"Oregon's hospital spending boom is winding to a close," as hospitals cut back on projects, Portland Business Journal
reports. "Portland-area hospitals have opened, started construction on, or announced expansions costing at least $1.3 billion in the past 18 months. Projects include cancer treatment centers, cardiac units and pediatric care facilities. Now, spurred by economic concerns, health organizations are cutting back. ... It doesn't make financial sense to embark on major new projects until the economy improves and hospital administrators know how health care reforms may affect their operations, said Providence Chief Operating Officer Terry Smith."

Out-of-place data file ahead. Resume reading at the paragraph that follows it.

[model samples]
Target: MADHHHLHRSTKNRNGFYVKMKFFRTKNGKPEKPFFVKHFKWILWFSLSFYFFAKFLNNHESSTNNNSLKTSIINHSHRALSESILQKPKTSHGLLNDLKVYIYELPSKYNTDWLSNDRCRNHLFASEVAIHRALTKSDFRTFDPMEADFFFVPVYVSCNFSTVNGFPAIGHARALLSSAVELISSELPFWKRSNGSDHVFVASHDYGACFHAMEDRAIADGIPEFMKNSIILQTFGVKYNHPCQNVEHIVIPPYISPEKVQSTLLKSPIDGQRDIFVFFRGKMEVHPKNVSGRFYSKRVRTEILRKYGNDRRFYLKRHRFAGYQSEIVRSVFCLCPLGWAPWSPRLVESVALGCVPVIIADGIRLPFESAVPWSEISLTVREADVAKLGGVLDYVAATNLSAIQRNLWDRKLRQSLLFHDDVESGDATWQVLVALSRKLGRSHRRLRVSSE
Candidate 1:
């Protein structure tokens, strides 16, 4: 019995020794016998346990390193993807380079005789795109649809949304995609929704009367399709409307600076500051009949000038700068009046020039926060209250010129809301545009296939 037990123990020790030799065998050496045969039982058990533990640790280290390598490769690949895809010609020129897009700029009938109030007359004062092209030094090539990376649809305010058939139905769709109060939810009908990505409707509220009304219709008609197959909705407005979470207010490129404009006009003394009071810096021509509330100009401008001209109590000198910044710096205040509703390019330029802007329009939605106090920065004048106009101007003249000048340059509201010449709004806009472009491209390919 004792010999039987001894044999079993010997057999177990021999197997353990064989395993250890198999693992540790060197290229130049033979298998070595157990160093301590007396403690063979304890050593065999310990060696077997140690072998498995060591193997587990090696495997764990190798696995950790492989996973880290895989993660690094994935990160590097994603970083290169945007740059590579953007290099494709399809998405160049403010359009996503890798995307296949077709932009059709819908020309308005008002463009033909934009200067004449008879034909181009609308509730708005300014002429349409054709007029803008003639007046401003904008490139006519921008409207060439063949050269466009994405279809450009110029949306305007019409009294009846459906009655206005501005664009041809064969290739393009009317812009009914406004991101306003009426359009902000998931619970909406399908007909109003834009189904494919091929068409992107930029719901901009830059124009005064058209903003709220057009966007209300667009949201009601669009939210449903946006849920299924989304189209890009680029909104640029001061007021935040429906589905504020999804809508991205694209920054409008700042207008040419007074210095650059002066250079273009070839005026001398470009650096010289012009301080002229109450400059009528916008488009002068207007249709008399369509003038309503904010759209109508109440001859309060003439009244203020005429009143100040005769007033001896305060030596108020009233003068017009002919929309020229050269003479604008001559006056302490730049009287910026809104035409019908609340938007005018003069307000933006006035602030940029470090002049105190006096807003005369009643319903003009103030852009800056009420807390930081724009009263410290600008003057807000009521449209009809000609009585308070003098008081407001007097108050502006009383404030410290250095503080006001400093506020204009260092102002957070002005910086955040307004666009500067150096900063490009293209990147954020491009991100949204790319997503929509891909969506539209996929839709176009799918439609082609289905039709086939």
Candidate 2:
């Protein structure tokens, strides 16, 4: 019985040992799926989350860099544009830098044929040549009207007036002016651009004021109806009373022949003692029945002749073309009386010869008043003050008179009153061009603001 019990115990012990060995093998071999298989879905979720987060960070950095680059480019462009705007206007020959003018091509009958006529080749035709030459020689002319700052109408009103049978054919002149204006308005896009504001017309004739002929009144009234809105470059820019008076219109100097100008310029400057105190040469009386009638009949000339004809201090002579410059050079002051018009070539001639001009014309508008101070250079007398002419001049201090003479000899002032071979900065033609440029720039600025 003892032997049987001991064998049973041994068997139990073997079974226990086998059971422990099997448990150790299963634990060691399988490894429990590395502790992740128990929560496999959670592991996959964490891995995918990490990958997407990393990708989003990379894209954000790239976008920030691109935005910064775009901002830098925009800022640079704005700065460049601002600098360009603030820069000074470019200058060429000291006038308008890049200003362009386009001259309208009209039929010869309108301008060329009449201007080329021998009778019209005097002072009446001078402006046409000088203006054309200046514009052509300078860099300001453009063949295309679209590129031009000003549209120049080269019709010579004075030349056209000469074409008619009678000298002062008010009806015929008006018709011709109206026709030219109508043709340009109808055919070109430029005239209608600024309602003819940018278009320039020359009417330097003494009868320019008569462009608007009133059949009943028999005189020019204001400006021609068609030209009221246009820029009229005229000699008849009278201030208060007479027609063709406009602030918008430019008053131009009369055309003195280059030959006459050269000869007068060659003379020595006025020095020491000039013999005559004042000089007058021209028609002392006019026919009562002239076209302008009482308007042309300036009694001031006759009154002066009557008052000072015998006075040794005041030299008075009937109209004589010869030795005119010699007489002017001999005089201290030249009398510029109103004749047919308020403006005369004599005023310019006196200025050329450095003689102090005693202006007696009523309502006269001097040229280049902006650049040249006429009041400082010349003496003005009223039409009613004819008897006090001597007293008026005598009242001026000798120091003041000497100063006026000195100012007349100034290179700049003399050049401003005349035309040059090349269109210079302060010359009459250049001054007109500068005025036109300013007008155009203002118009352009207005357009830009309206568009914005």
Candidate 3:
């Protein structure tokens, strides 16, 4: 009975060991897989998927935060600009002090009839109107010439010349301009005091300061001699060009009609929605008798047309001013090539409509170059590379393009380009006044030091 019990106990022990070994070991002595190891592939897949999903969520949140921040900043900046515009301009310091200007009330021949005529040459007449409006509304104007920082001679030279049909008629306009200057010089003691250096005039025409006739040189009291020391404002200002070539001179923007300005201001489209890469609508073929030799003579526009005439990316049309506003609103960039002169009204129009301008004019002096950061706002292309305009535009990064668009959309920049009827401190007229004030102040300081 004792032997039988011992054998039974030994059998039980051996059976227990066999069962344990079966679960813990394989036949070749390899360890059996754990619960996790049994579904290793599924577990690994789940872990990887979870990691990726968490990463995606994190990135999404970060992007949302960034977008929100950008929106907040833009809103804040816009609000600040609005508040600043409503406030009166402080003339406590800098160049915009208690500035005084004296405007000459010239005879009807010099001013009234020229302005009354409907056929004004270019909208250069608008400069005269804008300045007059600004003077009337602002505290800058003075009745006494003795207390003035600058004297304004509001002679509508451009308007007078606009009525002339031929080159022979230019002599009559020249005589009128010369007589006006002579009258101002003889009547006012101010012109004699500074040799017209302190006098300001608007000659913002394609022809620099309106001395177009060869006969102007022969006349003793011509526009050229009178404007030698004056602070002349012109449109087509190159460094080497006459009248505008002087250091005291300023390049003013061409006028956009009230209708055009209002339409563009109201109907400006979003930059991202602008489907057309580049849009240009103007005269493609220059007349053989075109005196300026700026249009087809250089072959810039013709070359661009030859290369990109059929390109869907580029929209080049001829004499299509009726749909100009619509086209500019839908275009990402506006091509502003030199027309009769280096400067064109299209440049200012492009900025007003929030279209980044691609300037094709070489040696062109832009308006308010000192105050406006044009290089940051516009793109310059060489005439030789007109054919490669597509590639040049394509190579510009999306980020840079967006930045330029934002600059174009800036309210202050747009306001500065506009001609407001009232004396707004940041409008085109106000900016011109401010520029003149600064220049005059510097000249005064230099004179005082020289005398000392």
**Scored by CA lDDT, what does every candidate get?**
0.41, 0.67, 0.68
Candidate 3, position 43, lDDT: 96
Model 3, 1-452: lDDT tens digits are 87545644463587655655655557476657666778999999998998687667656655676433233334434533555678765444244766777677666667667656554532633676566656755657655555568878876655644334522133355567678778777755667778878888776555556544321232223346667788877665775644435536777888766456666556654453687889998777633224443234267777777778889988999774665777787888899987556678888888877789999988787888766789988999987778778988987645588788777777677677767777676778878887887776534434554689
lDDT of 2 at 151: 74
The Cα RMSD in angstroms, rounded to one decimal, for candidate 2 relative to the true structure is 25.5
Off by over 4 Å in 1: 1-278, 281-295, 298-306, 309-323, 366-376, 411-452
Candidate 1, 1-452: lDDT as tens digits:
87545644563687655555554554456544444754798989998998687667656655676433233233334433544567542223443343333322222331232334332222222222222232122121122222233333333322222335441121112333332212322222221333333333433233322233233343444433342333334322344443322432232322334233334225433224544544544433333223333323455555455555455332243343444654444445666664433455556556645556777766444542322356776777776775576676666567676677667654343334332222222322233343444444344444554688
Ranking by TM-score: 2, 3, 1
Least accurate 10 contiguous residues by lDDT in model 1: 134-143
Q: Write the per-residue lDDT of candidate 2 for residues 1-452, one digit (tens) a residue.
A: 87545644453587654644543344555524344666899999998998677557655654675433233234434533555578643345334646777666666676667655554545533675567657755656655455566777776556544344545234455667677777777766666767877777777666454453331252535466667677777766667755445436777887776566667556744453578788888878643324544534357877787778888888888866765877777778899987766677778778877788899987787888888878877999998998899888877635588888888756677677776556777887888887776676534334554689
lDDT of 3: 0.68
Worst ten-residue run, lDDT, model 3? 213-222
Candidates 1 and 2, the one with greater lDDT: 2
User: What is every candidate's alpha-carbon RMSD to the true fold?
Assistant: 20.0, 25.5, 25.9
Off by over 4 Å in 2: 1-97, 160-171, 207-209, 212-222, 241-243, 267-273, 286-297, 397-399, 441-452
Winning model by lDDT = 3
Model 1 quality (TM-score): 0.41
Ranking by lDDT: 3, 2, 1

The Portland Business Journal adds that "hospital administrators argue that the recent investment was long overdue. More hospitals have closed in the Portland area than opened over the last 20 years. Emergency rooms are crowded, and the population is growing — and getting older." It also notes: "[The needs of the baby boomers] will drive U.S. health care consumption in the years ahead. Health spending could double to $4.3 trillion by 2017, or 20 percent of the nation's GDP, as baby boomers need more care in old age, according to a recent report from the Centers for Medicare and Medicaid Services" (Sherwood, 7/24).